Tree data structure
-- one question you might have is: "why go for shallow compare at all?" well let's think about the object as a tree data structure and each property is a node in the tree now what's the time complexity of a deep compare in this case? O(n) [n being the number of nodes in the tree ], but the actual updated data would most likely be in O(1) so if you think about it, a deep comparison would be really expensive most of the time and that's why React's core team probably decided to go with shallow compare as a default choice, but you could override that behavior by using shouldComponentUpdate() method in Class-based components.

and that means we probably can somehow do better than this

and that's how Immer
was introduced, and not only Immer but most of the modern UI frameworks also go for a smiler solution to handle immutable states in a manner that seems mutable.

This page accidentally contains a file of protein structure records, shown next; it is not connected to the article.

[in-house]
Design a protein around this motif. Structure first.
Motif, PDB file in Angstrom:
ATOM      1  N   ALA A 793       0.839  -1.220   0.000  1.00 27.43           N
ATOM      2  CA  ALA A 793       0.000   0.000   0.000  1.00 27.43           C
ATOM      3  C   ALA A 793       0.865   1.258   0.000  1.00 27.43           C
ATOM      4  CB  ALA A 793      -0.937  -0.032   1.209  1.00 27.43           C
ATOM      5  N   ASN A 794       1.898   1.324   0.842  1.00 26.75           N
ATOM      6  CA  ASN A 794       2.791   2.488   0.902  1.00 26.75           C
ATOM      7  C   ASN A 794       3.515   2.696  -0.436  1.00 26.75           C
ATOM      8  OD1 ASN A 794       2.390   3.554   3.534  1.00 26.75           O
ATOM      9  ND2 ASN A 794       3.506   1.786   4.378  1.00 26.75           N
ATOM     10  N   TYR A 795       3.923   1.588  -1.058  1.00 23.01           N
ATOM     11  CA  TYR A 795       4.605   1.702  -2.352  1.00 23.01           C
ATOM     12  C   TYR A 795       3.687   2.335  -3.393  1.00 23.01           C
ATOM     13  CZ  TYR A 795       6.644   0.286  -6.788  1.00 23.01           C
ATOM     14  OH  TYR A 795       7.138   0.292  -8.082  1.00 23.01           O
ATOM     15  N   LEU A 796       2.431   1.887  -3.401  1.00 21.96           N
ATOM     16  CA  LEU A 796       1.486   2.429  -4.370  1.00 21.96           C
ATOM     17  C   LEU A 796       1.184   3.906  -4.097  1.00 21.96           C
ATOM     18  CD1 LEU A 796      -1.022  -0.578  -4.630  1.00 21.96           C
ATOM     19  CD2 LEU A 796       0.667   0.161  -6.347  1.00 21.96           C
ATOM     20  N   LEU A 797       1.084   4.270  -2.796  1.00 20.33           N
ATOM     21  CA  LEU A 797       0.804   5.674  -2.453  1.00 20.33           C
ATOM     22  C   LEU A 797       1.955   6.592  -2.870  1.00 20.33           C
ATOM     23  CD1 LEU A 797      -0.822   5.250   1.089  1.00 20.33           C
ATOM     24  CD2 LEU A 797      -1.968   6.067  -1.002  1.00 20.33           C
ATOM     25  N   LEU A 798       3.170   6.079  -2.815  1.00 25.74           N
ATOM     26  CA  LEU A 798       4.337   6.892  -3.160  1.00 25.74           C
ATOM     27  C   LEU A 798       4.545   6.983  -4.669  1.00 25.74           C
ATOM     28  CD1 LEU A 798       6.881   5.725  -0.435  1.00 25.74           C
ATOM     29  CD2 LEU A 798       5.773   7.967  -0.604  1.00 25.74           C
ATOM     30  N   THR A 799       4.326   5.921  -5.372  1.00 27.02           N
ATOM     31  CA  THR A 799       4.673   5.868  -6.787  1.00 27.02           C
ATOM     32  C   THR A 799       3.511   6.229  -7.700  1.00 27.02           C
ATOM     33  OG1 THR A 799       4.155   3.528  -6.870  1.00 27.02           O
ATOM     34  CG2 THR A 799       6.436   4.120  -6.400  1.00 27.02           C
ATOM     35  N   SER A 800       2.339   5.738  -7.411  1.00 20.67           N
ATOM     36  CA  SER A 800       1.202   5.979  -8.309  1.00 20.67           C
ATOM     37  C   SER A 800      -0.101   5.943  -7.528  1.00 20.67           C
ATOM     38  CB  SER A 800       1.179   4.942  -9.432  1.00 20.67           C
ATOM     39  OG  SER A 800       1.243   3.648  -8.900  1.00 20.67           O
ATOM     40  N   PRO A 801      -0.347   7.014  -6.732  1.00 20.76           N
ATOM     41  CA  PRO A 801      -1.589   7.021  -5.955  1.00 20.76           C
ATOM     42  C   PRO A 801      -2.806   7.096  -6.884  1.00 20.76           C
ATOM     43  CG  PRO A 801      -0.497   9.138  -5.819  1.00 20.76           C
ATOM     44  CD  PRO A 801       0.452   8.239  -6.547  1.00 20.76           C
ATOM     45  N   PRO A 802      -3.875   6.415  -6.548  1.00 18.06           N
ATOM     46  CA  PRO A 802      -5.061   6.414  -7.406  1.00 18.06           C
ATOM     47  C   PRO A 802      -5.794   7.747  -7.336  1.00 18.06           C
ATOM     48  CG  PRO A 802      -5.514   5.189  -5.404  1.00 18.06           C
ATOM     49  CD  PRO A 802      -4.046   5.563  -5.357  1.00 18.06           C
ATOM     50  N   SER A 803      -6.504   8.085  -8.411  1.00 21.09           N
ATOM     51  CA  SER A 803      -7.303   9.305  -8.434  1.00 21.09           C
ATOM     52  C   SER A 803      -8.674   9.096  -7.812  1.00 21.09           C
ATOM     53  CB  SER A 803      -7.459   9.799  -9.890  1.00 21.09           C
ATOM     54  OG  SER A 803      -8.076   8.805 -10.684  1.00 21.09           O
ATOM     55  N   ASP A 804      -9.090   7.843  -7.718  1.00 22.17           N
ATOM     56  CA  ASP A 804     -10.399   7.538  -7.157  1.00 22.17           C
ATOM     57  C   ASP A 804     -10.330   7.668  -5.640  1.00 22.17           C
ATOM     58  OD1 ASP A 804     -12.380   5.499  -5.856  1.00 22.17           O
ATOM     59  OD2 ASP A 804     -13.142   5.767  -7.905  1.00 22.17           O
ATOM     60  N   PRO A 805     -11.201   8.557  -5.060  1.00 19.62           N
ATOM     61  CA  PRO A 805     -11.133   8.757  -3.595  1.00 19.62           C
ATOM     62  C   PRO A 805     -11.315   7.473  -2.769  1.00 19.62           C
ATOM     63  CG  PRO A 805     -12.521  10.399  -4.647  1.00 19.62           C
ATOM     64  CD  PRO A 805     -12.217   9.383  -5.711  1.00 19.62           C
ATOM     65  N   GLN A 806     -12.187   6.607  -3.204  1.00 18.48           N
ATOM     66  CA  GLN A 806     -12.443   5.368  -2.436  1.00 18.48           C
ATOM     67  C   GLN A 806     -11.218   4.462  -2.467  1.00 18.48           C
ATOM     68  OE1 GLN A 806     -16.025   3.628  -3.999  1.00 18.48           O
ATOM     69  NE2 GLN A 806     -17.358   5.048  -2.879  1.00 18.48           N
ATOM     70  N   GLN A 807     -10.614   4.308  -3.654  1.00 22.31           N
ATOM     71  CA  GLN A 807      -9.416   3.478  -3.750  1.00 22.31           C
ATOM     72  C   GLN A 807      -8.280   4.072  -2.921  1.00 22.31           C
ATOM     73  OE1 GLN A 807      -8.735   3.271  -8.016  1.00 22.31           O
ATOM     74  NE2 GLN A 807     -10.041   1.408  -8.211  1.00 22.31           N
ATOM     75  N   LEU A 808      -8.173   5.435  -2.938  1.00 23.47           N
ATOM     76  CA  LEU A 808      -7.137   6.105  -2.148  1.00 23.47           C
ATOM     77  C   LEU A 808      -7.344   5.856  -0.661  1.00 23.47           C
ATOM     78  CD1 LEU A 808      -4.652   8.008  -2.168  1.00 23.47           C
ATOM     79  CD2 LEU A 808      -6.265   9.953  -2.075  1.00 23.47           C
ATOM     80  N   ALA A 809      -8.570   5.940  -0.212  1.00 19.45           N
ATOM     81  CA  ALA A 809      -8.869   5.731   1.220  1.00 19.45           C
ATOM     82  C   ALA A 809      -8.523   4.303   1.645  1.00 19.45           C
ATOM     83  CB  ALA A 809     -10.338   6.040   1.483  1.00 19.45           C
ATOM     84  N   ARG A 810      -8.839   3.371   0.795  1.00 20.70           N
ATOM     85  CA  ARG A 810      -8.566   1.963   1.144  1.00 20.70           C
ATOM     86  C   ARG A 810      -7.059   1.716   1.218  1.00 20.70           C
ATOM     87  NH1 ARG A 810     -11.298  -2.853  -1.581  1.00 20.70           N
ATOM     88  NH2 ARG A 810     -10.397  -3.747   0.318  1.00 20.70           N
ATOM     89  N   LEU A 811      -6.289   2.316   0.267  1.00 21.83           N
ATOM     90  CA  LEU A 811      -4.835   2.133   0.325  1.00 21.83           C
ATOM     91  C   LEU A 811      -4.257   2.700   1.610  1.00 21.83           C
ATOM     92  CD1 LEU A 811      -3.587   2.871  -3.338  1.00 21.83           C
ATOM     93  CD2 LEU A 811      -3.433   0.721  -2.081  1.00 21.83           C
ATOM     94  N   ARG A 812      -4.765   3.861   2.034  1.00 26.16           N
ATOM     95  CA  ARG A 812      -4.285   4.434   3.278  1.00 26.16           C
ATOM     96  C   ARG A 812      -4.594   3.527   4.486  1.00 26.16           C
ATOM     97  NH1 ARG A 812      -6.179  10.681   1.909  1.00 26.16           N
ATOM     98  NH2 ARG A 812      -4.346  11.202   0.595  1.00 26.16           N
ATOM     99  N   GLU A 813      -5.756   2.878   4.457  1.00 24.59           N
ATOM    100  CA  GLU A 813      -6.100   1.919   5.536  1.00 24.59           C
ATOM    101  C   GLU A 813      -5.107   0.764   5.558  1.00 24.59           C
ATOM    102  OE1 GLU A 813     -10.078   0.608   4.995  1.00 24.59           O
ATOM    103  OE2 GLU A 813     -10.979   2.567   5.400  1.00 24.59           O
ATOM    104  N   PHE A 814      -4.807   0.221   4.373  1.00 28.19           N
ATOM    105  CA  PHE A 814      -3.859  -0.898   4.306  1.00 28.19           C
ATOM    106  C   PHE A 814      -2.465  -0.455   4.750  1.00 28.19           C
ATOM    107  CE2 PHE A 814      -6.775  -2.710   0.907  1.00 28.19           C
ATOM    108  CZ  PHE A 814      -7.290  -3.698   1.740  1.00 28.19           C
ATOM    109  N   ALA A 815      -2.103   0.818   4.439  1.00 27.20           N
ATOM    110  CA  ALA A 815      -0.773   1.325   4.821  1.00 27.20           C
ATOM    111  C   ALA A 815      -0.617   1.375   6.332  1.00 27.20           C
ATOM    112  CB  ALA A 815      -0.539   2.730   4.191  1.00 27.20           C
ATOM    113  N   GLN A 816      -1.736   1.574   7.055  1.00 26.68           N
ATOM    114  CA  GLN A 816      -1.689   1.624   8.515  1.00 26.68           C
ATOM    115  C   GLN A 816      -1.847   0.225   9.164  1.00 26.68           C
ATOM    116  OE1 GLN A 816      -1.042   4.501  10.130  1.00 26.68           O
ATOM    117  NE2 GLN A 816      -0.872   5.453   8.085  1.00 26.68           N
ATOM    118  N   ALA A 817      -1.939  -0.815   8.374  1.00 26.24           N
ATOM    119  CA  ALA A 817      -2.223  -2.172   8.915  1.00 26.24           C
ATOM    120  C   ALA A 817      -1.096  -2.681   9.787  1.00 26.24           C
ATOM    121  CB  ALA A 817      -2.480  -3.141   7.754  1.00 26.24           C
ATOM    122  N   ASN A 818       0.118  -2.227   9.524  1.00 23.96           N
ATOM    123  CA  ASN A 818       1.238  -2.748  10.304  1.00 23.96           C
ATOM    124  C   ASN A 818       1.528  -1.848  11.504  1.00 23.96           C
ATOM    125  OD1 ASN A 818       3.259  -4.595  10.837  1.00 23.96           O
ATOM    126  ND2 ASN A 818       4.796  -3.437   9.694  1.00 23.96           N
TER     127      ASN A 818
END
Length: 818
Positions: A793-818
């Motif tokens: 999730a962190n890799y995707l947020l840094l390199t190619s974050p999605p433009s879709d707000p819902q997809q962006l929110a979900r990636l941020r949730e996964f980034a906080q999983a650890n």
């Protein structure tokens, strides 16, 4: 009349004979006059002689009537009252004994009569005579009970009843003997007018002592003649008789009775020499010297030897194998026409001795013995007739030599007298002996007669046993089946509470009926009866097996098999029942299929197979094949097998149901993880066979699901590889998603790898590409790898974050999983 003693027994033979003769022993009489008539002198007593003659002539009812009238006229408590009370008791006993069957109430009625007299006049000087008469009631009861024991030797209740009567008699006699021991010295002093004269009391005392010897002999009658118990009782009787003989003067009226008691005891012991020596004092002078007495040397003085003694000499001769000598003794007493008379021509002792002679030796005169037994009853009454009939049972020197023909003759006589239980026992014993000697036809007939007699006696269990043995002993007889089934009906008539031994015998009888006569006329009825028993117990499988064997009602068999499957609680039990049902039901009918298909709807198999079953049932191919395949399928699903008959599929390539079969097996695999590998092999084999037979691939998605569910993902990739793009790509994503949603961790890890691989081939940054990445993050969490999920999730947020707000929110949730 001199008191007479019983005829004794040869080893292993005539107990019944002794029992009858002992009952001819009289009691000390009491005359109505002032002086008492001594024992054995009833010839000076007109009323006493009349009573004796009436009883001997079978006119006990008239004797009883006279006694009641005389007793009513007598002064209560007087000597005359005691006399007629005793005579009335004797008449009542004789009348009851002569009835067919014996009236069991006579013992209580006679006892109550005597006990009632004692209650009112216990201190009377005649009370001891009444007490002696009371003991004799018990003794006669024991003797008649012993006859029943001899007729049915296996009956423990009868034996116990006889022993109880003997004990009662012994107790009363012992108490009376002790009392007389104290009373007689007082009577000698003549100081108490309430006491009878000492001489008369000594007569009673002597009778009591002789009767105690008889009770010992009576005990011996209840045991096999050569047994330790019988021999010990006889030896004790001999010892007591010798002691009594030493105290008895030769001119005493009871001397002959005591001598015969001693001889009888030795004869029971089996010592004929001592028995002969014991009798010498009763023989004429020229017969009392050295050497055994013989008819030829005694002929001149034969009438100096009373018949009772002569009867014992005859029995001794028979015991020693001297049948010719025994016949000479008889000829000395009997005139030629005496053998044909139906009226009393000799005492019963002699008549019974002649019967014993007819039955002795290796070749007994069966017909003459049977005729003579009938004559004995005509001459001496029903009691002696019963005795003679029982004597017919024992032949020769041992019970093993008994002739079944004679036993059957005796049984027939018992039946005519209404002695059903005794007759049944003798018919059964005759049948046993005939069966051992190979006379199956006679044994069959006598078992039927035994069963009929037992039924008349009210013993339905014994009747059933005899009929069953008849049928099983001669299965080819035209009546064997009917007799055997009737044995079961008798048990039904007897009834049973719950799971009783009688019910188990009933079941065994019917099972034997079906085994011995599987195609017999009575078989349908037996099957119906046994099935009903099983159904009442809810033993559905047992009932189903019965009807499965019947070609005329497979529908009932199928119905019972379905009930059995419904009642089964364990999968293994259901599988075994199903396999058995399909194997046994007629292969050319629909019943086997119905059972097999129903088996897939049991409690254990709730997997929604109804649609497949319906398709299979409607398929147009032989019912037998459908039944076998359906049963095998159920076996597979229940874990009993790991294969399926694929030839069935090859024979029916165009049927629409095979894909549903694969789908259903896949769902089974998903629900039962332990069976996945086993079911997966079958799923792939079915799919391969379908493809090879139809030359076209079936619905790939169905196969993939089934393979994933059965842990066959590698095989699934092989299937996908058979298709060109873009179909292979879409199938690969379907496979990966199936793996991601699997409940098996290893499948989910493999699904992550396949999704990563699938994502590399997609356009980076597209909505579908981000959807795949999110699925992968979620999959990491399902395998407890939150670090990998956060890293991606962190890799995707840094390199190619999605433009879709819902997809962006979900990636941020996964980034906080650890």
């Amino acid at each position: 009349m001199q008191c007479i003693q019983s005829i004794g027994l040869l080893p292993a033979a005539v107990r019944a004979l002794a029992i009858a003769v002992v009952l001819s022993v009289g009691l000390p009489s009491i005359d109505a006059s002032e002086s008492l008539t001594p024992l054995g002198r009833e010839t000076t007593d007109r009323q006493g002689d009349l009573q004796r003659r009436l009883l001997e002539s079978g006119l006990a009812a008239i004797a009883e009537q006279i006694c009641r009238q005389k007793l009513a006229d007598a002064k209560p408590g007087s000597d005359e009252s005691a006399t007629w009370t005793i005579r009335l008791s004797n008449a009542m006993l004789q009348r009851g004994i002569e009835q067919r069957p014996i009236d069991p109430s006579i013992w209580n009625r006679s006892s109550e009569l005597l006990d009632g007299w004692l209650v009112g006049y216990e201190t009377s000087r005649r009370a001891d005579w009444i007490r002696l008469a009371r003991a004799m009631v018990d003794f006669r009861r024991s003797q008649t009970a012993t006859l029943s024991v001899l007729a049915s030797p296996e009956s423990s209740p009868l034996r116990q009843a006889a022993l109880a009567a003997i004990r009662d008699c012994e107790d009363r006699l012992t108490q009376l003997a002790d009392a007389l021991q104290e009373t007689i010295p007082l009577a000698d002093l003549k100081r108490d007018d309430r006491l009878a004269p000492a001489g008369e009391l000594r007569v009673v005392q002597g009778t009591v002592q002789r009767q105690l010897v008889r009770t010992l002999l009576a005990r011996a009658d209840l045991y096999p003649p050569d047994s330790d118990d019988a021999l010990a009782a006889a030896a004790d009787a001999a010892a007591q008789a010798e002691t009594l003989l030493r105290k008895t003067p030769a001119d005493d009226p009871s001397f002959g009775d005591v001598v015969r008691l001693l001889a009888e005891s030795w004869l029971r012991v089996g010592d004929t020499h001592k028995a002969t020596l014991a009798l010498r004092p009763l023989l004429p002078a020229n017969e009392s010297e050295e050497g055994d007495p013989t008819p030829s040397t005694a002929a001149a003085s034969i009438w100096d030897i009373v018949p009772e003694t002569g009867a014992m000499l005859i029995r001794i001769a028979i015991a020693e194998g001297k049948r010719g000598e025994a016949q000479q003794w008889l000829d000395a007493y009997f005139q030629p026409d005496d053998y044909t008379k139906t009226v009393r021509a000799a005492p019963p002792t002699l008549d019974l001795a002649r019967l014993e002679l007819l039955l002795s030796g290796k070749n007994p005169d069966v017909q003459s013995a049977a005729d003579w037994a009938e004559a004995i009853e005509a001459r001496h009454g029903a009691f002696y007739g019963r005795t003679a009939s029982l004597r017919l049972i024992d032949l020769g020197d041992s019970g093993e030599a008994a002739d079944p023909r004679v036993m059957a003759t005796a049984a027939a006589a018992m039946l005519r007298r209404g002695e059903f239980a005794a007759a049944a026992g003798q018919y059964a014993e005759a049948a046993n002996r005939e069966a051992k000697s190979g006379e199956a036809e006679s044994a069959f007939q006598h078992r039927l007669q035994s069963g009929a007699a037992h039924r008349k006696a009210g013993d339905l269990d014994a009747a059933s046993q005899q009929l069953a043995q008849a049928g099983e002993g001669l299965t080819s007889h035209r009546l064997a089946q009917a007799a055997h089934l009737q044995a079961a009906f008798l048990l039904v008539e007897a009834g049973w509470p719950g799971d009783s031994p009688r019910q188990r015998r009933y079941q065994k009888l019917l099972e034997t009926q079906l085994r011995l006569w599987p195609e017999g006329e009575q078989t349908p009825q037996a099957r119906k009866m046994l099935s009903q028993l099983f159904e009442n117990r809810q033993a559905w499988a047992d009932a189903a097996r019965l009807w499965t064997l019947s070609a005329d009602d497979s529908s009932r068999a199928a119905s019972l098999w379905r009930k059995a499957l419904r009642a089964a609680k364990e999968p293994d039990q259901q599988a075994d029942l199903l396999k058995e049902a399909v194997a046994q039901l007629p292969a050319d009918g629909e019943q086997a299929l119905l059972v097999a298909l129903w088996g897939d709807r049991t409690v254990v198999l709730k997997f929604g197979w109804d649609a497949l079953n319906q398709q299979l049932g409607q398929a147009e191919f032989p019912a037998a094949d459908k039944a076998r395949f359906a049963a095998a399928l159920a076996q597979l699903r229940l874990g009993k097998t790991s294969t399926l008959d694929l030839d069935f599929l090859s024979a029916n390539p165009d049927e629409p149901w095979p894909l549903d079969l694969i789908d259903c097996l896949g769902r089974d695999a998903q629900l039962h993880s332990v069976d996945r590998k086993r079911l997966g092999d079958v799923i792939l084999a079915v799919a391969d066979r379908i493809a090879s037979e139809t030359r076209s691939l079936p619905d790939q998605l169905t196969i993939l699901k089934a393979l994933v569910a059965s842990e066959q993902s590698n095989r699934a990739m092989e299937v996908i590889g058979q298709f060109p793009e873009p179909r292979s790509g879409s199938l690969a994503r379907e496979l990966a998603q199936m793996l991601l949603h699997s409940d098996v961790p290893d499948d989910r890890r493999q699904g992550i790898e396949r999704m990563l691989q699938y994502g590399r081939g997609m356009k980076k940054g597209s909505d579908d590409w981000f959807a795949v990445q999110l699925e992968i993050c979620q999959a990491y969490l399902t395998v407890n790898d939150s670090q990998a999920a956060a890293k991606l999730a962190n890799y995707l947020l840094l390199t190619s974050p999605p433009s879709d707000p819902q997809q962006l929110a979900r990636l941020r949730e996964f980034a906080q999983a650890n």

This approach follows a very ancient but powerful software design pattern called Proxy

On a very high-level proxy is an object that behaves like an interaction layer between the usage and the actual object from which it was created
Source :
Proxy design

And this alone gives us the superpower to control how the updates happen to our data and subscribe to get/set events as well. for this very reason, a lot of the modern UI frameworks use Proxies under the hood.

and today let's try to re-create a very popular hook useImmer
that uses Immer.js to use the proxy pattern to handle state updates

Scope of this custom hook

[we are gonna be using typescript for this solution but it would be similar in plain javascript as well ]